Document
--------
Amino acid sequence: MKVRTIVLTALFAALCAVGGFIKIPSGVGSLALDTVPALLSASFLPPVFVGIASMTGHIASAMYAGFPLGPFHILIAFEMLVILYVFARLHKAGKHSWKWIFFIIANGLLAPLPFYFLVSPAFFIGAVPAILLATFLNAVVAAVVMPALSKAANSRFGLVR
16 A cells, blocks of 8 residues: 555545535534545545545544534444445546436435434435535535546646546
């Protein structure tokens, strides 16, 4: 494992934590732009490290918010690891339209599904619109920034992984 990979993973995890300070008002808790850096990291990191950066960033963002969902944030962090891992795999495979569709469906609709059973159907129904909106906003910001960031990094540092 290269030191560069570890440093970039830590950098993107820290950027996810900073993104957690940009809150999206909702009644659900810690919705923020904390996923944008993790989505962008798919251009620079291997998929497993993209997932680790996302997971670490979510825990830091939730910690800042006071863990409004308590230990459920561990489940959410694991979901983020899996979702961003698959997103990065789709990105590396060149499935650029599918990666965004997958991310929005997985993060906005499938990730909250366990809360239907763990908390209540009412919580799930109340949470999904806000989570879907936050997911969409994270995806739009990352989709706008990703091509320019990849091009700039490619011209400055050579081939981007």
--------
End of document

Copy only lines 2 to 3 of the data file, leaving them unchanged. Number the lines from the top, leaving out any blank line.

16 A cells, blocks of 8 residues: 555545535534545545545544534444445546436435434435535535546646546
């Protein structure tokens, strides 16, 4: 494992934590732009490290918010690891339209599904619109920034992984 990979993973995890300070008002808790850096990291990191950066960033963002969902944030962090891992795999495979569709469906609709059973159907129904909106906003910001960031990094540092 290269030191560069570890440093970039830590950098993107820290950027996810900073993104957690940009809150999206909702009644659900810690919705923020904390996923944008993790989505962008798919251009620079291997998929497993993209997932680790996302997971670490979510825990830091939730910690800042006071863990409004308590230990459920561990489940959410694991979901983020899996979702961003698959997103990065789709990105590396060149499935650029599918990666965004997958991310929005997985993060906005499938990730909250366990809360239907763990908390209540009412919580799930109340949470999904806000989570879907936050997911969409994270995806739009990352989709706008990703091509320019990849091009700039490619011209400055050579081939981007």